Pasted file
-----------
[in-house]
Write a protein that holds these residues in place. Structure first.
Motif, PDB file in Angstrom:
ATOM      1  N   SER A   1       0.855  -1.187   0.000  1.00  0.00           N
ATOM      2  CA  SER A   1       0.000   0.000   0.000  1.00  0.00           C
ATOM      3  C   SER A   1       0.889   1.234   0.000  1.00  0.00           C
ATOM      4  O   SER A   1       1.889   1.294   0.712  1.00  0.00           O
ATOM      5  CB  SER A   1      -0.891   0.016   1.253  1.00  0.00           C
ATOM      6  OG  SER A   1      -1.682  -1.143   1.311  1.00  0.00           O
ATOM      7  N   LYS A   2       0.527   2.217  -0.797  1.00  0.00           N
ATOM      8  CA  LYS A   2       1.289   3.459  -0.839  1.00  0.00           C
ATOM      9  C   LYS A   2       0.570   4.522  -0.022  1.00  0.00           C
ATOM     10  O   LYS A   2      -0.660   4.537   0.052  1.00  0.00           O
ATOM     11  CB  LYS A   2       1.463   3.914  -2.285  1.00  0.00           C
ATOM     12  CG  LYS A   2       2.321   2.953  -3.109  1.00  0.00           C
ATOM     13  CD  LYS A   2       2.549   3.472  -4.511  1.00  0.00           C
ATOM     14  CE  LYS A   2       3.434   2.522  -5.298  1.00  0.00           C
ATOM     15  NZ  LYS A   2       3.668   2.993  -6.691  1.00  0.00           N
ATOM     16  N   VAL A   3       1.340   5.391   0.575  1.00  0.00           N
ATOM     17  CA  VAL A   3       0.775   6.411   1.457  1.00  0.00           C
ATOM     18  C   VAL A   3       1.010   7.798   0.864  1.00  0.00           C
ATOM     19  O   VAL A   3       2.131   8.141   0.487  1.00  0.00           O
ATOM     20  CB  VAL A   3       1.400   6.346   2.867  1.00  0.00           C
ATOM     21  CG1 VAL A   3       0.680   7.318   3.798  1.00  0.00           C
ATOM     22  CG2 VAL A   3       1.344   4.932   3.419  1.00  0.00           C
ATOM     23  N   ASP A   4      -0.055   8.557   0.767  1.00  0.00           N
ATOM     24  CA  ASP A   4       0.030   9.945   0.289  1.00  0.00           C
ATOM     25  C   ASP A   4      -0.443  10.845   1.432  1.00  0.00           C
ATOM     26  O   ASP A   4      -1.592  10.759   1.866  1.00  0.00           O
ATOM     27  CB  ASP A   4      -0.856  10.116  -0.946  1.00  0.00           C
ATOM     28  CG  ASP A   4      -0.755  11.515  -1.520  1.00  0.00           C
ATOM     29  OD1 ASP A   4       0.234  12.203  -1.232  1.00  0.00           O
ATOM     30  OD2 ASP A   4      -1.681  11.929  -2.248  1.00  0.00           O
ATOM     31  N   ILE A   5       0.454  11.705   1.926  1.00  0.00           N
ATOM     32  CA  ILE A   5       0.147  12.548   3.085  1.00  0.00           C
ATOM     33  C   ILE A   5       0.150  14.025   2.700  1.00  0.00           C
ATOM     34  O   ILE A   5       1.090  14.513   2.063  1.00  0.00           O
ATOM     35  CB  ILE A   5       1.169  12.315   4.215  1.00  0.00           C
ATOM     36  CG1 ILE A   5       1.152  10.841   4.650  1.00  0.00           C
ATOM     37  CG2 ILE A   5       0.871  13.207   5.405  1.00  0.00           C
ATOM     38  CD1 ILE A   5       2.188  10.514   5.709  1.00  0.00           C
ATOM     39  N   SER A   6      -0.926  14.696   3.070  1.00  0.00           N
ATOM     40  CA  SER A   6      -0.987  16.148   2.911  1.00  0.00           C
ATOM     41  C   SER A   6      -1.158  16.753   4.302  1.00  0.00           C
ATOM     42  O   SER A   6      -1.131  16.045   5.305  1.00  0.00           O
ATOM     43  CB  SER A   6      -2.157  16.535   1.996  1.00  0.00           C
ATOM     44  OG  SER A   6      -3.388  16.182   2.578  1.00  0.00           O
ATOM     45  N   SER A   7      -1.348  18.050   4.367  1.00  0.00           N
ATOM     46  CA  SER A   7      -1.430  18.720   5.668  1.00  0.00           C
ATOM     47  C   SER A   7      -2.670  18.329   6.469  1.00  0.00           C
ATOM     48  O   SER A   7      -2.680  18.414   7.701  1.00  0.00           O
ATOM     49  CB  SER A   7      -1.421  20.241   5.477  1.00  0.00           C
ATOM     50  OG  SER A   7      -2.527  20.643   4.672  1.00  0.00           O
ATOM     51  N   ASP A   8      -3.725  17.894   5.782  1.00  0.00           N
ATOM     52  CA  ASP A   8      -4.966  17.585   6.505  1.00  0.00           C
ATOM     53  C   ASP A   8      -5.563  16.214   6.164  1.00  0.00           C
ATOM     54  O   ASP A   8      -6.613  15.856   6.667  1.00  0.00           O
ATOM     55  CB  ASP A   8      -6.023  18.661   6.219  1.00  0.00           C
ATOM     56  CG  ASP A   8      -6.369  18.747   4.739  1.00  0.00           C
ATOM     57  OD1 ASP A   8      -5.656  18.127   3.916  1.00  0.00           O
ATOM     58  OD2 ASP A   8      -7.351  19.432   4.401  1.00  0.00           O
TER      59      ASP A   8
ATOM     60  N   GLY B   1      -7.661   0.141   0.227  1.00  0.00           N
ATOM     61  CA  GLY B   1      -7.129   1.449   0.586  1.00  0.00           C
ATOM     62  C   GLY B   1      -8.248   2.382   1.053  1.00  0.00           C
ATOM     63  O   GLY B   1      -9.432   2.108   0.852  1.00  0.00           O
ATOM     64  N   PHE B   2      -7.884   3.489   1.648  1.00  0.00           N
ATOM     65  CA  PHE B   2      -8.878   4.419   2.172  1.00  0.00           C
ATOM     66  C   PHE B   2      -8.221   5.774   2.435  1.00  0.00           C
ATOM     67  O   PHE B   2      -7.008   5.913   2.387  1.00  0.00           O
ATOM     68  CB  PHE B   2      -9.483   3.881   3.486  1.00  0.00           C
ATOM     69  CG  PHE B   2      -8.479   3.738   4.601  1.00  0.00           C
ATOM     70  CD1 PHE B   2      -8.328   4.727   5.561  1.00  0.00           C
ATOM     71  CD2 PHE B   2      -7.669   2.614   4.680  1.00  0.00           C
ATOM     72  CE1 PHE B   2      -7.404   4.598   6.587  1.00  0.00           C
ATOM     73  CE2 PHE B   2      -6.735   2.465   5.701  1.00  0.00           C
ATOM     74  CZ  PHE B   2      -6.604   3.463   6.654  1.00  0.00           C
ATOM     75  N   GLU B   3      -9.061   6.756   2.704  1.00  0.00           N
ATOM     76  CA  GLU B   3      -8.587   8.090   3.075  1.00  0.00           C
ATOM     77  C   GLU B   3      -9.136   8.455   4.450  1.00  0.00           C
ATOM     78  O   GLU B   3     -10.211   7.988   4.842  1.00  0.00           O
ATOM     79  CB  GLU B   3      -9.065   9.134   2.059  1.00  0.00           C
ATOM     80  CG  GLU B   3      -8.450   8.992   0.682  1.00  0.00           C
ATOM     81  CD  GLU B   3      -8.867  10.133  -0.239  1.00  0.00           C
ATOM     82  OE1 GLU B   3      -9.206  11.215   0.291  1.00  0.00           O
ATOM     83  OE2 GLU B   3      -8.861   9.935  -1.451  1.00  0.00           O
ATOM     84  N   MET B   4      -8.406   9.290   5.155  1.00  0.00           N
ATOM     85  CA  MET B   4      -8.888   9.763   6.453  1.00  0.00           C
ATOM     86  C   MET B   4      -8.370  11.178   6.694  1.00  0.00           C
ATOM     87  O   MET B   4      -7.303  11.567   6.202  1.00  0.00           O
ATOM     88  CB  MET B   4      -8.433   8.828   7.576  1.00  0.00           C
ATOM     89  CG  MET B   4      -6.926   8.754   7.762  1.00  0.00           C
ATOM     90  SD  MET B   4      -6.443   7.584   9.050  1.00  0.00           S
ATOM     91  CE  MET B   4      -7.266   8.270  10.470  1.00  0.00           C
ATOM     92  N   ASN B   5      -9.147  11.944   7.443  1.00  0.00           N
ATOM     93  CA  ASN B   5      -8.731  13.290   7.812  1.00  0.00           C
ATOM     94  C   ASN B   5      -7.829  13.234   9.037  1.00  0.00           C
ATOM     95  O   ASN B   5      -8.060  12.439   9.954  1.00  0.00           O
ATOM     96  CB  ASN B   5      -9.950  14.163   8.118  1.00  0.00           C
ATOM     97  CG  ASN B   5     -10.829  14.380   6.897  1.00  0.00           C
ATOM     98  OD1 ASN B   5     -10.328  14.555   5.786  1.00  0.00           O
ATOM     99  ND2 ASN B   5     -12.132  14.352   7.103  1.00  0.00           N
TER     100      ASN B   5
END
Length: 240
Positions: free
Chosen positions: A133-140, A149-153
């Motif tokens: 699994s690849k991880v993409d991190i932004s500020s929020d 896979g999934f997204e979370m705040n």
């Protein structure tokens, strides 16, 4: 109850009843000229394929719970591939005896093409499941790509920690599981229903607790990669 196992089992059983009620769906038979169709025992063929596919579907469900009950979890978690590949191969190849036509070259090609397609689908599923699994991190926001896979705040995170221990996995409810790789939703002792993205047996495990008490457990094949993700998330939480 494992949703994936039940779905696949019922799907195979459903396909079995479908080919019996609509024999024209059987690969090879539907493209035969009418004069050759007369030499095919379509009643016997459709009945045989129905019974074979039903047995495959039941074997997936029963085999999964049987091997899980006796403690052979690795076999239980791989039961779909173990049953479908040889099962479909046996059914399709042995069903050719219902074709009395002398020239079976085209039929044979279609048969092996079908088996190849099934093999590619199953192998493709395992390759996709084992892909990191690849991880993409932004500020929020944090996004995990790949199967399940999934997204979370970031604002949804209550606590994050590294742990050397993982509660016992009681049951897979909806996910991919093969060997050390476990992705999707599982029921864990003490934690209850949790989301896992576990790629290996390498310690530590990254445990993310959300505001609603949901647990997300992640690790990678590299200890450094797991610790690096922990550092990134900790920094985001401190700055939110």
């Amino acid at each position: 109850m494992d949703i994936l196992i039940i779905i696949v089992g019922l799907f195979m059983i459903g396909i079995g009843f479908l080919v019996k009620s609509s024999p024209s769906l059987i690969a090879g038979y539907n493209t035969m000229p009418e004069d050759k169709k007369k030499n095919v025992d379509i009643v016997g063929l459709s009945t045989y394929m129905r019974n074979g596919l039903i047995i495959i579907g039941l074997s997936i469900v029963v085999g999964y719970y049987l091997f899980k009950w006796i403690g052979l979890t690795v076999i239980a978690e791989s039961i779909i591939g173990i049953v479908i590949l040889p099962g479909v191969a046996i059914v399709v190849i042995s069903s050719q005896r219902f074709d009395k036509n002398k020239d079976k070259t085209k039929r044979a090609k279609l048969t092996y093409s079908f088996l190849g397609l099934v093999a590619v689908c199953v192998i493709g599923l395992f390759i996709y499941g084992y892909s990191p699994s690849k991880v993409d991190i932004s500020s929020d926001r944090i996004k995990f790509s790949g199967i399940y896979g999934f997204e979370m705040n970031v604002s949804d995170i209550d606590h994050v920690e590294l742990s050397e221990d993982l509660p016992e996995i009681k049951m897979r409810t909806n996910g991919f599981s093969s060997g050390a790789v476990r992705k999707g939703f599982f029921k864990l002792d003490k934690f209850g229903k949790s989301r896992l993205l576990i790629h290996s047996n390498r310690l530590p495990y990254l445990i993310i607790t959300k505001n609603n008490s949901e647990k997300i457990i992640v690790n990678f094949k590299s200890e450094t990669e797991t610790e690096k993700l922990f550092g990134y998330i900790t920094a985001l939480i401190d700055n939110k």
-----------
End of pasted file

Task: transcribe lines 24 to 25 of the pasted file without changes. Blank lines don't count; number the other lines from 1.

ATOM     21  CG1 VAL A   3       0.680   7.318   3.798  1.00  0.00           C
ATOM     22  CG2 VAL A   3       1.344   4.932   3.419  1.00  0.00           C